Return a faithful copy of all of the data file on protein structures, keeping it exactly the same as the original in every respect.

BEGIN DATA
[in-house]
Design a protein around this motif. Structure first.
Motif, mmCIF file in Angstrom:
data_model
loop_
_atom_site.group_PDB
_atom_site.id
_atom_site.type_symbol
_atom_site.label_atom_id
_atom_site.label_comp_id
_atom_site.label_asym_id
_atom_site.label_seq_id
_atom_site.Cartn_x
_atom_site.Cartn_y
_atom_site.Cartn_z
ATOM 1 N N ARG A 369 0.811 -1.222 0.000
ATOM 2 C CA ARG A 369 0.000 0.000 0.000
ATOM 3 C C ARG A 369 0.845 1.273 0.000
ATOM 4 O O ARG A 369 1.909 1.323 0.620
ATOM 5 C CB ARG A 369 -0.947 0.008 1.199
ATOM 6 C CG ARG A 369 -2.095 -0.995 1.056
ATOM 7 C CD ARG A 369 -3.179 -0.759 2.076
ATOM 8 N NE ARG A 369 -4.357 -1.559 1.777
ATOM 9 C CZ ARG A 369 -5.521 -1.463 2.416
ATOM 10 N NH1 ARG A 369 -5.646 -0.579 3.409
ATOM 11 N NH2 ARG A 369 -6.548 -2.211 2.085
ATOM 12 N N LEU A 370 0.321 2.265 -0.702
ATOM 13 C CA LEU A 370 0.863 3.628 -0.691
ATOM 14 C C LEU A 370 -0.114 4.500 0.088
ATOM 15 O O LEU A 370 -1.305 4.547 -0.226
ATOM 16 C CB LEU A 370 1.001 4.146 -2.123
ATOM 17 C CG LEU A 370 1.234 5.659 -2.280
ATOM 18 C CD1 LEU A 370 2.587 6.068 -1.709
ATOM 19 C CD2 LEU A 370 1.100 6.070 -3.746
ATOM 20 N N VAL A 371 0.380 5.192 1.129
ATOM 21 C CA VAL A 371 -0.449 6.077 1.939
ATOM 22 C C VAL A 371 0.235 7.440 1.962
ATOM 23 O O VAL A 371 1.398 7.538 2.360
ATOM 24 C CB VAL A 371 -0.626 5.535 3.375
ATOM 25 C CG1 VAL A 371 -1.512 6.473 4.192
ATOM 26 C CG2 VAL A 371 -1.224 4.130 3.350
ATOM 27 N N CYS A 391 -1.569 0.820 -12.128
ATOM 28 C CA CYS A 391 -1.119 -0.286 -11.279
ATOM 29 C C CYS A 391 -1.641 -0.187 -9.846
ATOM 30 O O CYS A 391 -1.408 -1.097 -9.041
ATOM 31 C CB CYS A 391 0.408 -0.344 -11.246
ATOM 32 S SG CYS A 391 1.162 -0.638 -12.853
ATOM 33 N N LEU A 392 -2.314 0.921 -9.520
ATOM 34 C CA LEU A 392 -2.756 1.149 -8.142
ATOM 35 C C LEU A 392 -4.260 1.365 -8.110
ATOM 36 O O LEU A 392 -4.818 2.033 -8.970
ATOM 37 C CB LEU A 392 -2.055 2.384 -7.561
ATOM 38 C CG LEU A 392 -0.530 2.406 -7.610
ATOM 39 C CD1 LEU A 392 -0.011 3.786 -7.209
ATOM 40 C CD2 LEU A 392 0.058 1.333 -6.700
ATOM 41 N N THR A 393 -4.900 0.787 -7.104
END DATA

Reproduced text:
[in-house]
Design a protein around this motif. Structure first.
Motif, mmCIF file in Angstrom:
data_model
loop_
_atom_site.group_PDB
_atom_site.id
_atom_site.type_symbol
_atom_site.label_atom_id
_atom_site.label_comp_id
_atom_site.label_asym_id
_atom_site.label_seq_id
_atom_site.Cartn_x
_atom_site.Cartn_y
_atom_site.Cartn_z
ATOM 1 N N ARG A 369 0.811 -1.222 0.000
ATOM 2 C CA ARG A 369 0.000 0.000 0.000
ATOM 3 C C ARG A 369 0.845 1.273 0.000
ATOM 4 O O ARG A 369 1.909 1.323 0.620
ATOM 5 C CB ARG A 369 -0.947 0.008 1.199
ATOM 6 C CG ARG A 369 -2.095 -0.995 1.056
ATOM 7 C CD ARG A 369 -3.179 -0.759 2.076
ATOM 8 N NE ARG A 369 -4.357 -1.559 1.777
ATOM 9 C CZ ARG A 369 -5.521 -1.463 2.416
ATOM 10 N NH1 ARG A 369 -5.646 -0.579 3.409
ATOM 11 N NH2 ARG A 369 -6.548 -2.211 2.085
ATOM 12 N N LEU A 370 0.321 2.265 -0.702
ATOM 13 C CA LEU A 370 0.863 3.628 -0.691
ATOM 14 C C LEU A 370 -0.114 4.500 0.088
ATOM 15 O O LEU A 370 -1.305 4.547 -0.226
ATOM 16 C CB LEU A 370 1.001 4.146 -2.123
ATOM 17 C CG LEU A 370 1.234 5.659 -2.280
ATOM 18 C CD1 LEU A 370 2.587 6.068 -1.709
ATOM 19 C CD2 LEU A 370 1.100 6.070 -3.746
ATOM 20 N N VAL A 371 0.380 5.192 1.129
ATOM 21 C CA VAL A 371 -0.449 6.077 1.939
ATOM 22 C C VAL A 371 0.235 7.440 1.962
ATOM 23 O O VAL A 371 1.398 7.538 2.360
ATOM 24 C CB VAL A 371 -0.626 5.535 3.375
ATOM 25 C CG1 VAL A 371 -1.512 6.473 4.192
ATOM 26 C CG2 VAL A 371 -1.224 4.130 3.350
ATOM 27 N N CYS A 391 -1.569 0.820 -12.128
ATOM 28 C CA CYS A 391 -1.119 -0.286 -11.279
ATOM 29 C C CYS A 391 -1.641 -0.187 -9.846
ATOM 30 O O CYS A 391 -1.408 -1.097 -9.041
ATOM 31 C CB CYS A 391 0.408 -0.344 -11.246
ATOM 32 S SG CYS A 391 1.162 -0.638 -12.853
ATOM 33 N N LEU A 392 -2.314 0.921 -9.520
ATOM 34 C CA LEU A 392 -2.756 1.149 -8.142
ATOM 35 C C LEU A 392 -4.260 1.365 -8.110
ATOM 36 O O LEU A 392 -4.818 2.033 -8.970
ATOM 37 C CB LEU A 392 -2.055 2.384 -7.561
ATOM 38 C CG LEU A 392 -0.530 2.406 -7.610
ATOM 39 C CD1 LEU A 392 -0.011 3.786 -7.209
ATOM 40 C CD2 LEU A 392 0.058 1.333 -6.700
ATOM 41 N N THR A 393 -4.900 0.787 -7.104